With respect to the aspect of preserving its new-found place in the global economy, Iran made progress this week.
In what is the first to be finalized since U.S. President Donald Trump took office, threatening to abandon the 2015 deal that rolled back a decade of sanctions on Iran, French energy giant Total SA and German carmaker Volkswagen AG announced agreements to plow money into the Islamic republic.
In recent months, there had been growing concerns about western companies being scared away from taking bets on the Middle East’s fastest-growing economy by America’s shifting foreign policy and the investments ended months of such speculation. Even as the White House reviews the nuclear accord he helped engineer, the widening rift between Trump and European allies, who back President Hassan Rouhani, was also highlighted by investments.
“People were waiting for the sign to see which direction things will go,” said Homayoun Falakshahi, a senior research analyst for Middle East and North African upstream at Wood Mackenzie consultancy in London. “Clearly the direction is that the likelihood of it being scrapped is not that big” was meant by Total’s plan to invest $1 billion developing Iranian natural gas fields in particular.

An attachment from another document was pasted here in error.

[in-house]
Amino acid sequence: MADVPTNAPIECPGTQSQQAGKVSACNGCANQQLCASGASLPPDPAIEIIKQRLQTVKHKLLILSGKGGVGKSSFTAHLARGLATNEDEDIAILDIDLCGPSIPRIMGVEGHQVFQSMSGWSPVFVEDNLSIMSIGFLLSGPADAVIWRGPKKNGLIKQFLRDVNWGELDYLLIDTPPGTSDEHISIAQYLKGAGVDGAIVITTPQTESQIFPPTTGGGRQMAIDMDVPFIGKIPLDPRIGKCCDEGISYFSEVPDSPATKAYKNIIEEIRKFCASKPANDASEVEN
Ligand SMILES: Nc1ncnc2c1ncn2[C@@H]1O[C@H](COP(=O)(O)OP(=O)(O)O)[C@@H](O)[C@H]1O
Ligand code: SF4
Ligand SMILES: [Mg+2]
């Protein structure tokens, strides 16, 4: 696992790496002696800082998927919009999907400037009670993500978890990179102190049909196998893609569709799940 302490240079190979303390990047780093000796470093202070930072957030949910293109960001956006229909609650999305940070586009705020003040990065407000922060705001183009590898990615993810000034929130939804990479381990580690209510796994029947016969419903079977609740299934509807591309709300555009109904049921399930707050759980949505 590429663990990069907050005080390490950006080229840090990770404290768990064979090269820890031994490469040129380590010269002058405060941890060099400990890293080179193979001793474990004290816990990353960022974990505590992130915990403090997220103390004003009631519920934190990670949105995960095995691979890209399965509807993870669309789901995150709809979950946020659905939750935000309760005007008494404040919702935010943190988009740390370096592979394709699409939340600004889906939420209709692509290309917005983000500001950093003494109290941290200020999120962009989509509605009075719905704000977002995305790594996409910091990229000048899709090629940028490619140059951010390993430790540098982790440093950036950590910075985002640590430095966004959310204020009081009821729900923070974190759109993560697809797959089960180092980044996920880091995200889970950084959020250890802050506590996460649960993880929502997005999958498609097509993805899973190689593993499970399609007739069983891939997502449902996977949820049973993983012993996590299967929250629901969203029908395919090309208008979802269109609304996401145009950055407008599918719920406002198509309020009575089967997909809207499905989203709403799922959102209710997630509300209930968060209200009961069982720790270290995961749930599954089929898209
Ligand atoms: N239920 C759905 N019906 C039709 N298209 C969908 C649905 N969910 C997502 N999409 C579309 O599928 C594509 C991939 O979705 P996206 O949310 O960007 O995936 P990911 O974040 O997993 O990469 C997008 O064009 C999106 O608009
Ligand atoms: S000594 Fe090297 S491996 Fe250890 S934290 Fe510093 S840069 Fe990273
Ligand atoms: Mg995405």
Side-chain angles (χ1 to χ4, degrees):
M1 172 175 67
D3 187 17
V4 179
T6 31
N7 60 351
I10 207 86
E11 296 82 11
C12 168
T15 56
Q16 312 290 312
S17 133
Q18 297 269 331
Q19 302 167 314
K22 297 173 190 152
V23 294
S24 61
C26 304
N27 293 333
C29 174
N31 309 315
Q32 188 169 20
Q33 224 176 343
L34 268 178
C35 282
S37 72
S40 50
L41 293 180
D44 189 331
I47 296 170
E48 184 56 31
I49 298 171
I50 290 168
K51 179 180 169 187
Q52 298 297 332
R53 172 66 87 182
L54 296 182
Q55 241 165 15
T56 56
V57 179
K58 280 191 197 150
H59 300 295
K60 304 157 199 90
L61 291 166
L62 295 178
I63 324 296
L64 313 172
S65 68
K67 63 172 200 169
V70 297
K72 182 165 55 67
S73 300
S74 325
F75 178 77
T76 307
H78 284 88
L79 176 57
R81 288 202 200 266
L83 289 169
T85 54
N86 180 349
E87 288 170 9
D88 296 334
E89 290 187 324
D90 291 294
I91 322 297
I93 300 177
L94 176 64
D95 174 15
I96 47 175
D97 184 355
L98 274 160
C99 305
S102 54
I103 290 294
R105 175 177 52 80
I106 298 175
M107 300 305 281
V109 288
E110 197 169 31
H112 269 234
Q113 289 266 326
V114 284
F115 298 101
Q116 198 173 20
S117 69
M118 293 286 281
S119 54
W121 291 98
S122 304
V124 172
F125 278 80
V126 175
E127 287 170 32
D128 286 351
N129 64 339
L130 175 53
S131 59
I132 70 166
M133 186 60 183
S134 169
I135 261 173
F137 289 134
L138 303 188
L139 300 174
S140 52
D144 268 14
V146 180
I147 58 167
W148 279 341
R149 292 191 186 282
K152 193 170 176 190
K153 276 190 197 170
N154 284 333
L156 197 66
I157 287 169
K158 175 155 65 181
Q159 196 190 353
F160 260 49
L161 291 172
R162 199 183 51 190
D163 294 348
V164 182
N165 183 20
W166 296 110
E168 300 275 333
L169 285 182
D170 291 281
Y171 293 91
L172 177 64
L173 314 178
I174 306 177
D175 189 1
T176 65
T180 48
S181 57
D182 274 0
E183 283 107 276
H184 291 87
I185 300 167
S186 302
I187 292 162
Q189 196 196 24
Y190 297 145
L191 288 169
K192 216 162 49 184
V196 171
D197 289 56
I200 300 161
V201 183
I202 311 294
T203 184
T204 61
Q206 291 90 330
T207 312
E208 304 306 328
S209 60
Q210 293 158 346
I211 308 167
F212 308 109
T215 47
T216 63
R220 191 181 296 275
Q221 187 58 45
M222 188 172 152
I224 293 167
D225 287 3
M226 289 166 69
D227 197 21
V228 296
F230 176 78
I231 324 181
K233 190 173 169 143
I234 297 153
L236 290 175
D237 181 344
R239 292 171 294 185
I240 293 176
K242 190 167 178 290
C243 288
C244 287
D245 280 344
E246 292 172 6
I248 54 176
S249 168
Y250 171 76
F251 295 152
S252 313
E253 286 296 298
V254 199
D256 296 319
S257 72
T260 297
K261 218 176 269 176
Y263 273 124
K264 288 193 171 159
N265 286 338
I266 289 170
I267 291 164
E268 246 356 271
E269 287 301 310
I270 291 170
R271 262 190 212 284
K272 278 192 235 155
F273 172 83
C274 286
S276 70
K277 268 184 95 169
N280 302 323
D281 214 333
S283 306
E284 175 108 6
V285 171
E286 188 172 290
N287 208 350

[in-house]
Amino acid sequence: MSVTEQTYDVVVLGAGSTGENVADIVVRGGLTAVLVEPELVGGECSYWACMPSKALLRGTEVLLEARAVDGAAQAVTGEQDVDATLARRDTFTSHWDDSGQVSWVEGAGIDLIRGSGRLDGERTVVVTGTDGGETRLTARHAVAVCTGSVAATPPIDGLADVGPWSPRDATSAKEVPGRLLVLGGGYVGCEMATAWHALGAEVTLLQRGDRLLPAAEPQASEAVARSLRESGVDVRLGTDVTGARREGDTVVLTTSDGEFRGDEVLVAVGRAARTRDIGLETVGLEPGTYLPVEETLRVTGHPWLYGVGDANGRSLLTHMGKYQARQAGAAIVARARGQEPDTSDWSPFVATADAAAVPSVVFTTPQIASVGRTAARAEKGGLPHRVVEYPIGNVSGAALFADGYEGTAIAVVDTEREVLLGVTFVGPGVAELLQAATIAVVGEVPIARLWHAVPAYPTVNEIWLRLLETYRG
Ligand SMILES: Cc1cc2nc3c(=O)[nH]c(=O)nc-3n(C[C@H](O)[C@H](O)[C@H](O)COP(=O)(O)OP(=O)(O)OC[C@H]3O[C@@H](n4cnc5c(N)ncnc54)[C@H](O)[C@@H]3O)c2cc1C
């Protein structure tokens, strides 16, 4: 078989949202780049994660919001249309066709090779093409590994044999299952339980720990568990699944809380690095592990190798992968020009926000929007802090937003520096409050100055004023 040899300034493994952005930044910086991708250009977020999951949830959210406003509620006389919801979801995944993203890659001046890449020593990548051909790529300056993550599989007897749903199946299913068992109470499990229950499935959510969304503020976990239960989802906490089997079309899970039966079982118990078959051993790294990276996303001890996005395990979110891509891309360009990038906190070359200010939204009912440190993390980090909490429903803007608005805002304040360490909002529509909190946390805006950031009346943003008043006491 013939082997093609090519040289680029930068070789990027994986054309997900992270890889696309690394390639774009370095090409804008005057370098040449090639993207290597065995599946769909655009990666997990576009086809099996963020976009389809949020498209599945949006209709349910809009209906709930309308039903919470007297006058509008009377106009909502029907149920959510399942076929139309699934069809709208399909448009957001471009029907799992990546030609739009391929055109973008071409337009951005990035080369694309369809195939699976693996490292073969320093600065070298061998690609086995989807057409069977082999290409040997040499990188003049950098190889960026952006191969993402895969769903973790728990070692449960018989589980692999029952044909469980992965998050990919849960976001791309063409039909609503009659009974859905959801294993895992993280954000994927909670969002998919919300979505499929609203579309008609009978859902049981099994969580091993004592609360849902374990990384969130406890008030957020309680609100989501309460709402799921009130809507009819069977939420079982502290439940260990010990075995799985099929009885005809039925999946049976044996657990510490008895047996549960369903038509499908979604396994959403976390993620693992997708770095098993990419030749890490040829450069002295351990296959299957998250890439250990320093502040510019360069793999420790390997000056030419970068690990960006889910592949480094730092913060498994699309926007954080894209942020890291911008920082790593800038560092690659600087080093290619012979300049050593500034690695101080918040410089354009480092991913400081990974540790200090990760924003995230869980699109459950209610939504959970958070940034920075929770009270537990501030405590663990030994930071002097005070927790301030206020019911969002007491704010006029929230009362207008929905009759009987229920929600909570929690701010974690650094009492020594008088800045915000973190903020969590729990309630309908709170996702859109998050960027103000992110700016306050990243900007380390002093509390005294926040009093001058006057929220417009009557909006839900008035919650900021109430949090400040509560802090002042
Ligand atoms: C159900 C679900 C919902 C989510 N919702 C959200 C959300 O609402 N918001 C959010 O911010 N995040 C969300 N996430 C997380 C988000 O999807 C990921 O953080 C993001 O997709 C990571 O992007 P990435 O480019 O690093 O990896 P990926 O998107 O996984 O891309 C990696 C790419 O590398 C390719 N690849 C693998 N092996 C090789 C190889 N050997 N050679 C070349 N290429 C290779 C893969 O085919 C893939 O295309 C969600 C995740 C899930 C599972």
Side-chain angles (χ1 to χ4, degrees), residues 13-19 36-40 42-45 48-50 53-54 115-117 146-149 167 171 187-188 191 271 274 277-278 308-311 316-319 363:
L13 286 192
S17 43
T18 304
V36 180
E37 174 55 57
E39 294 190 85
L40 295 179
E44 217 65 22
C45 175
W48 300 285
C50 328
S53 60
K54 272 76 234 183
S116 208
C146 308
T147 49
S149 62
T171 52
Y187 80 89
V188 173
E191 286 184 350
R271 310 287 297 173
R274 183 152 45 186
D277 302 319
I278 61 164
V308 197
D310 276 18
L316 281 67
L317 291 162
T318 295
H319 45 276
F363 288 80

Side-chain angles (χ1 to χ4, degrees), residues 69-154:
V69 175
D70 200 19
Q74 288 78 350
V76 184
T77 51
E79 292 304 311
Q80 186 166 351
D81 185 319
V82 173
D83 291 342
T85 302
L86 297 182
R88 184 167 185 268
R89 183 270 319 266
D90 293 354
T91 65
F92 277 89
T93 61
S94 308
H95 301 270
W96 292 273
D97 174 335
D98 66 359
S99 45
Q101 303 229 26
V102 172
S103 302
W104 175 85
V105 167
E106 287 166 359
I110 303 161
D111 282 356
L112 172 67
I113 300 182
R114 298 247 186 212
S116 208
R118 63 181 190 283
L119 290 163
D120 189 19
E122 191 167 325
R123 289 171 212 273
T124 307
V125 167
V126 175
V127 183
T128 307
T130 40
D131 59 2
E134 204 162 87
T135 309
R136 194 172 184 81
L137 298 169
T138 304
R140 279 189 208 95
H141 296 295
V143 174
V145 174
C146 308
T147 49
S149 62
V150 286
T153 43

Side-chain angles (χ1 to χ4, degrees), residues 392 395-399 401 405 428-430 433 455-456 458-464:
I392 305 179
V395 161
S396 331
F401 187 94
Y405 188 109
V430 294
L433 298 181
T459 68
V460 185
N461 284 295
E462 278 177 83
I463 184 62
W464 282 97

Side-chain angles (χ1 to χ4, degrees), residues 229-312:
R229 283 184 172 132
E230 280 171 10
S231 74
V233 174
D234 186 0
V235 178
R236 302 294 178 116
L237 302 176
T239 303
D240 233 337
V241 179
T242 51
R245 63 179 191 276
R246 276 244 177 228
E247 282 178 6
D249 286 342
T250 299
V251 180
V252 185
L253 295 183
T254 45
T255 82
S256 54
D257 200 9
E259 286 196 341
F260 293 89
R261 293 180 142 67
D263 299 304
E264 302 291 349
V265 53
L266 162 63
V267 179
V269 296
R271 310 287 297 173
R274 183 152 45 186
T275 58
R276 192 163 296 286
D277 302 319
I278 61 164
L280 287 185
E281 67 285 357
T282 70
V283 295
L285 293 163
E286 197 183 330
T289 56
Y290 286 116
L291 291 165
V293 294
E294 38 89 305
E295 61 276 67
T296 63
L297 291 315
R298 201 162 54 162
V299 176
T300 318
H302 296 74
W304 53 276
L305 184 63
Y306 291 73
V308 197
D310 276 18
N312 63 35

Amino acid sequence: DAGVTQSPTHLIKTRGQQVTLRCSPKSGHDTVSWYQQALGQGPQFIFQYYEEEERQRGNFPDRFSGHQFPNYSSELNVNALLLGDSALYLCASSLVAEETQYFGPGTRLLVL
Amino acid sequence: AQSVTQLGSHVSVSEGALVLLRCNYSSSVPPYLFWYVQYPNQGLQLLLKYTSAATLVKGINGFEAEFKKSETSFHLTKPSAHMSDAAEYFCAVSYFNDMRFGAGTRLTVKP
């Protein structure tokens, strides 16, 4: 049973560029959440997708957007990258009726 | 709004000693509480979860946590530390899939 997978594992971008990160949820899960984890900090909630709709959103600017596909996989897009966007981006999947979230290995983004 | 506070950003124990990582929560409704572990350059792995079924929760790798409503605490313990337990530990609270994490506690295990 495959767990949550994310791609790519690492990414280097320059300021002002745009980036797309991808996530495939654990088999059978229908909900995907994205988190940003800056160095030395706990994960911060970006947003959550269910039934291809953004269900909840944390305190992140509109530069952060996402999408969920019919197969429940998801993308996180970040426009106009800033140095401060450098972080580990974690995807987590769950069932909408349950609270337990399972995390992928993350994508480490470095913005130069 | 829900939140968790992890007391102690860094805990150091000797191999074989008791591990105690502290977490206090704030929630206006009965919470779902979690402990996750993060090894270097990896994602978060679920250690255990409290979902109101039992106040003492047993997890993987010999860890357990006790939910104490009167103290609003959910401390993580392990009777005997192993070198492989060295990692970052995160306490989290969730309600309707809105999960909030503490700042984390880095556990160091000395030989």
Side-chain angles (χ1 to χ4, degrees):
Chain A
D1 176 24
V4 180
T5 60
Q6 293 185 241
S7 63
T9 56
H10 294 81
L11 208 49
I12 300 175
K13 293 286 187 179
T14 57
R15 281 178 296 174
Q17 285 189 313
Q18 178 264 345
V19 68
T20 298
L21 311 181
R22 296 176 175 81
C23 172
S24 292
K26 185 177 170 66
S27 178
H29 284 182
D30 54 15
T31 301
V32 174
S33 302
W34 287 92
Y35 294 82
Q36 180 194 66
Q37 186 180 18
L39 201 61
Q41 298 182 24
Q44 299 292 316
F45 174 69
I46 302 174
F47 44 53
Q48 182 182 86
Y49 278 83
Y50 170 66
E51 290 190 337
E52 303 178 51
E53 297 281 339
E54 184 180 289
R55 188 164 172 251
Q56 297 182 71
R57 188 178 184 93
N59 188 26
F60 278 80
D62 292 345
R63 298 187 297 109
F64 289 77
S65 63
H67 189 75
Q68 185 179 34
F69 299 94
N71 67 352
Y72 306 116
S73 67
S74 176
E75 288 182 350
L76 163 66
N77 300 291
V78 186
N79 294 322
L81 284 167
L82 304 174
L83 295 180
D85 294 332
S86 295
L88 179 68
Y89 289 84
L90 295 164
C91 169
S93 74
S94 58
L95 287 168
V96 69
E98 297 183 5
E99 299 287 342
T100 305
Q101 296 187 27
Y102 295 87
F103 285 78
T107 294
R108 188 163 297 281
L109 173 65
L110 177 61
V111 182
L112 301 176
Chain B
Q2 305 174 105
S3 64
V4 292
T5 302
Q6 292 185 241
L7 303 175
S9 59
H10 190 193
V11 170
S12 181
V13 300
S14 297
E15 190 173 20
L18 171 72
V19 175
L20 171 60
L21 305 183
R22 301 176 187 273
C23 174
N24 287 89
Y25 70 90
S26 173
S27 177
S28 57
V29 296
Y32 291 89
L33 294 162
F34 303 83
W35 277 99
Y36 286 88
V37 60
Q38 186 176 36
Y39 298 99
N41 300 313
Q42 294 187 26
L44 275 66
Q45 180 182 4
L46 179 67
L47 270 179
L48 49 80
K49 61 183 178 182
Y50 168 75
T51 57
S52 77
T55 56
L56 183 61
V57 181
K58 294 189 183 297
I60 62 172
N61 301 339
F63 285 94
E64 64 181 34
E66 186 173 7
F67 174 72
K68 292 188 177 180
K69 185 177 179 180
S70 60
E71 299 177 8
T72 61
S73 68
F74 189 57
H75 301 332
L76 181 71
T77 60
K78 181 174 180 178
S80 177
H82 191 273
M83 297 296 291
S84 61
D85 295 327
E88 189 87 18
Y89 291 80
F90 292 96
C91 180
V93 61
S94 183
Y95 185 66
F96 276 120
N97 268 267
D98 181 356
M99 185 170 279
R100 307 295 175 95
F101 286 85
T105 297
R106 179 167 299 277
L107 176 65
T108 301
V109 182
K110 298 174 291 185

The less inclined it will be to backtrack on relations with Rouhani, who is keen to open the country to foreign investment, the more business Europe has at stake in Iran. Iran is home to 80 million consumers starved of most Western products for years under international sanctions and boasts the world’s largest natural gas reserves.
Since China is developing the Iranian field alongside Total and local firms and Russia is a key Iranian ally, therefore if Trump wants to desert the deal, he’d need to convince both the countries.
Life for companies seeking funding for their projects could be made difficult by Trump’s antagonism toward Iran even if Washington can’t overturn the accord. Still, a restriction that extends to European counterparts with significant American exposure, sanctions still bar U.S. banks from doing business in Iran.
William Breeze, a partner at Herbert Smith Freehills LLP in London specializing in energy, natural resources and infrastructure finance, says that investments in Iran “can’t be done with dollars or using U.S. banks.” Therefore, securing funding from Asia or mid-sized European lenders would be required by companies.
Total will eventually inject $4.8 billion into Iran and for the company, the risks are worth the potential rewards of signing a 20-year agreement. “I will come back to Iran again because this contract is the first of many,” Total Chief Executive Officer Patrick Pouyanne said on July 4.
And also taking their chances are carmakers, aircraft and drug producers. A deal with a local importer to offer the Passat family car and Tiguan compact SUVs at dealerships in and around Tehran was signed by Volkswagen, which last sold cars in Iran 17 years ago. The first carmaker to re-enter the country last year was France’s Peugeot SA.
With investment agreements in the next year, another four or five energy companies will follow, Falakshahi predicts. Already in talks on developing local fields are Royal Dutch Shell Plc and Eni SpA. He said that the Total deal was “the contract that the oil industry was watching closely and everyone was waiting for.”
(Adapted from Bloomberg)